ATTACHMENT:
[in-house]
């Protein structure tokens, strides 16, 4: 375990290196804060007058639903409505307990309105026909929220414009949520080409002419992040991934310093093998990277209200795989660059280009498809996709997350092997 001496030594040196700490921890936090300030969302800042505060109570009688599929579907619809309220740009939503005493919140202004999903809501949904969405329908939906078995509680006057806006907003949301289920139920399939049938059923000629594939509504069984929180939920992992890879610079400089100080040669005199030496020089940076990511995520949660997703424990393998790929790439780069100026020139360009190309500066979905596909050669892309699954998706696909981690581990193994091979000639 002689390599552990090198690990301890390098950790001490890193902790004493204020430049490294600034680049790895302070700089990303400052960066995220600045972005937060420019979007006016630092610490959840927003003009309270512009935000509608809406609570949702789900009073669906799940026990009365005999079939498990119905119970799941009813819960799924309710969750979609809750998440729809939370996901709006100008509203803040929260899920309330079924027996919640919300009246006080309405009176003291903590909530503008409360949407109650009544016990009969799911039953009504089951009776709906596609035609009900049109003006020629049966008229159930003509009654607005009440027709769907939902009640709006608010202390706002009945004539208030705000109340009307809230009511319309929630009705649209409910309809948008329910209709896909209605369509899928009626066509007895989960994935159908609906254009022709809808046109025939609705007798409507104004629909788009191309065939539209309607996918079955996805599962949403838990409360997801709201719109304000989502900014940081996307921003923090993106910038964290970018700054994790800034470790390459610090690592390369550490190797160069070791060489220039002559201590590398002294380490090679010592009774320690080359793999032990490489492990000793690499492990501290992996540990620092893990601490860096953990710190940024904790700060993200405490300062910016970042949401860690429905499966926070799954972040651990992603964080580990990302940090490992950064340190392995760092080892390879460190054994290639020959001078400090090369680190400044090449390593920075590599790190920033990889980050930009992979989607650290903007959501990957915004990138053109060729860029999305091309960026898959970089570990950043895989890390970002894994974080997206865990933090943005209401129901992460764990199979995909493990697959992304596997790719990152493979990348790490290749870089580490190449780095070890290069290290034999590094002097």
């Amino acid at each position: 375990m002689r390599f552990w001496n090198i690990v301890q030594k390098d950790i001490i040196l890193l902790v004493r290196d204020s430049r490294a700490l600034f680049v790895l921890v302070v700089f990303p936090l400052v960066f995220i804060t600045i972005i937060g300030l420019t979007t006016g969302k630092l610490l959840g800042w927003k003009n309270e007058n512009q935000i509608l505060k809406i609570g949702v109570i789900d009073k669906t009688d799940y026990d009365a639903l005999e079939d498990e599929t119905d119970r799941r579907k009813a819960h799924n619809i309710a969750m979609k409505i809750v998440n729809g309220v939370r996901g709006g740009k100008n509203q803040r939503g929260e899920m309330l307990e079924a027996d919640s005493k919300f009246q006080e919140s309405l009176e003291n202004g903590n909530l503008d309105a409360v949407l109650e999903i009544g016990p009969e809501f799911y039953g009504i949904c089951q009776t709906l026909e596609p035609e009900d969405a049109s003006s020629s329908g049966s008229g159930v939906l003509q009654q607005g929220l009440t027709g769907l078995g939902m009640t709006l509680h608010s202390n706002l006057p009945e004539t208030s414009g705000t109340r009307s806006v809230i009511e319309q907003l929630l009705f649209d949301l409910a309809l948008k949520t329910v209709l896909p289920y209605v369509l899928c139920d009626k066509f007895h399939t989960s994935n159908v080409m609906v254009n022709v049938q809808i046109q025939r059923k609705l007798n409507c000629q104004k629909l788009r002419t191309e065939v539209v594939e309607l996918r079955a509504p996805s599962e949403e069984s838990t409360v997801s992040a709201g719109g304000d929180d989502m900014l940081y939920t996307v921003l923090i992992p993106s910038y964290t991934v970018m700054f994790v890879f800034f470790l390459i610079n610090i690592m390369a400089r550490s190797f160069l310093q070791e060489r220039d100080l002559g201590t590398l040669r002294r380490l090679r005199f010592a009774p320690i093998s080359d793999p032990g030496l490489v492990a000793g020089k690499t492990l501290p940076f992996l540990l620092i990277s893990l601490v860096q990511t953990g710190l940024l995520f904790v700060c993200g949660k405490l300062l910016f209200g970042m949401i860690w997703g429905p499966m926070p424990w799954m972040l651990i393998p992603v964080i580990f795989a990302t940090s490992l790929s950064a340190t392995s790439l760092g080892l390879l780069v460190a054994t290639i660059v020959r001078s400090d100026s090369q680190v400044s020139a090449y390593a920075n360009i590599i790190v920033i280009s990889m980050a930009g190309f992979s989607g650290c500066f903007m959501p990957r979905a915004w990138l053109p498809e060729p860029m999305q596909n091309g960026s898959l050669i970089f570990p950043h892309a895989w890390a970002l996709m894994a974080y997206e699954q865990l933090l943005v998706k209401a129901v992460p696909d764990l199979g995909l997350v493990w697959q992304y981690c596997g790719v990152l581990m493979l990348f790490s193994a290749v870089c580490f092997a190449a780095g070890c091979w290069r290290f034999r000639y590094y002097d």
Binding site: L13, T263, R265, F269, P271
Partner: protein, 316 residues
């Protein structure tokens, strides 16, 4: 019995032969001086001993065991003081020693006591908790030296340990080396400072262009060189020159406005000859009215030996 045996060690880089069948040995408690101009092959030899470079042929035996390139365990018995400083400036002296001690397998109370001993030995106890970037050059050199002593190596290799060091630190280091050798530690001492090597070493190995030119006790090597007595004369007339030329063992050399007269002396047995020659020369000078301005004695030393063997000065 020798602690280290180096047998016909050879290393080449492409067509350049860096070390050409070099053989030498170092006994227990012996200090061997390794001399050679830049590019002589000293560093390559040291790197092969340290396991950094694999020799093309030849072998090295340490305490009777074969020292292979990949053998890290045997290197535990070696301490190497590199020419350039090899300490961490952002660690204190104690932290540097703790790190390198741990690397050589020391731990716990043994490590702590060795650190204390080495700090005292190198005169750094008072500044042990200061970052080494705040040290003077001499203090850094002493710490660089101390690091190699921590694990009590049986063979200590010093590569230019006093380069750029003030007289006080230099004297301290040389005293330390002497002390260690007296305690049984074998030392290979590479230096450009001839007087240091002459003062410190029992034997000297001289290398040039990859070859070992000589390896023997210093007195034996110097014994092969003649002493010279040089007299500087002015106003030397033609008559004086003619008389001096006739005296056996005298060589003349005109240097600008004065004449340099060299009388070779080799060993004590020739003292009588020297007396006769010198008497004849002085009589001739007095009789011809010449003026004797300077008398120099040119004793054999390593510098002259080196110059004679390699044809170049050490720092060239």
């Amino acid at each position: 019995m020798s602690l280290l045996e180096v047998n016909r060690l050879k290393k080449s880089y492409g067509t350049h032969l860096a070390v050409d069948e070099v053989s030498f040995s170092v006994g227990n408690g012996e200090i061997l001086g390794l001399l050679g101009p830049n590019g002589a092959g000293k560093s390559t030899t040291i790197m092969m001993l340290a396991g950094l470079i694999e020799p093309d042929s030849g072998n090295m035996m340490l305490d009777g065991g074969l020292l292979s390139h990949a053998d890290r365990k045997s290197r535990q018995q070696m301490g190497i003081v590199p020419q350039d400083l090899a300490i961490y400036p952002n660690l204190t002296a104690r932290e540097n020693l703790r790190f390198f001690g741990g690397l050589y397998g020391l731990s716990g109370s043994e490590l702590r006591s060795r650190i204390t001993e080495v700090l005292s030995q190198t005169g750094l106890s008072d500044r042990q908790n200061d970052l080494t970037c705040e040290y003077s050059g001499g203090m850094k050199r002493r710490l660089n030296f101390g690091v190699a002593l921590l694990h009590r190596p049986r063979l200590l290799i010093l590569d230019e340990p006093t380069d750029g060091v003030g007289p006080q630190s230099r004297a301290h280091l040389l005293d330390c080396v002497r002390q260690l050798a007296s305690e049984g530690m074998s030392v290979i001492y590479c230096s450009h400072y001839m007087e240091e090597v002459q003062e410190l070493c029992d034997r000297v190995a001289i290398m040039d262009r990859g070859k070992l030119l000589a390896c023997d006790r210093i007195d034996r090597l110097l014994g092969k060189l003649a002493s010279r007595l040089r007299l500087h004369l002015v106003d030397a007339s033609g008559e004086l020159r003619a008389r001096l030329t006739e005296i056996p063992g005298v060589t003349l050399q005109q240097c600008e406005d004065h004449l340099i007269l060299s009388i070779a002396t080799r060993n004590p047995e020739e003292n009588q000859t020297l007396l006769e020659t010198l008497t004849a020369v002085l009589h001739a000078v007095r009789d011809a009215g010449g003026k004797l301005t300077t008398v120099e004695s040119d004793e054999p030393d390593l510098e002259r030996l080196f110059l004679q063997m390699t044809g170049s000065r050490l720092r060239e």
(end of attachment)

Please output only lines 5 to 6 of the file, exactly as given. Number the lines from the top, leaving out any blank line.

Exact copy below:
Partner: protein, 316 residues
């Protein structure tokens, strides 16, 4: 019995032969001086001993065991003081020693006591908790030296340990080396400072262009060189020159406005000859009215030996 045996060690880089069948040995408690101009092959030899470079042929035996390139365990018995400083400036002296001690397998109370001993030995106890970037050059050199002593190596290799060091630190280091050798530690001492090597070493190995030119006790090597007595004369007339030329063992050399007269002396047995020659020369000078301005004695030393063997000065 020798602690280290180096047998016909050879290393080449492409067509350049860096070390050409070099053989030498170092006994227990012996200090061997390794001399050679830049590019002589000293560093390559040291790197092969340290396991950094694999020799093309030849072998090295340490305490009777074969020292292979990949053998890290045997290197535990070696301490190497590199020419350039090899300490961490952002660690204190104690932290540097703790790190390198741990690397050589020391731990716990043994490590702590060795650190204390080495700090005292190198005169750094008072500044042990200061970052080494705040040290003077001499203090850094002493710490660089101390690091190699921590694990009590049986063979200590010093590569230019006093380069750029003030007289006080230099004297301290040389005293330390002497002390260690007296305690049984074998030392290979590479230096450009001839007087240091002459003062410190029992034997000297001289290398040039990859070859070992000589390896023997210093007195034996110097014994092969003649002493010279040089007299500087002015106003030397033609008559004086003619008389001096006739005296056996005298060589003349005109240097600008004065004449340099060299009388070779080799060993004590020739003292009588020297007396006769010198008497004849002085009589001739007095009789011809010449003026004797300077008398120099040119004793054999390593510098002259080196110059004679390699044809170049050490720092060239």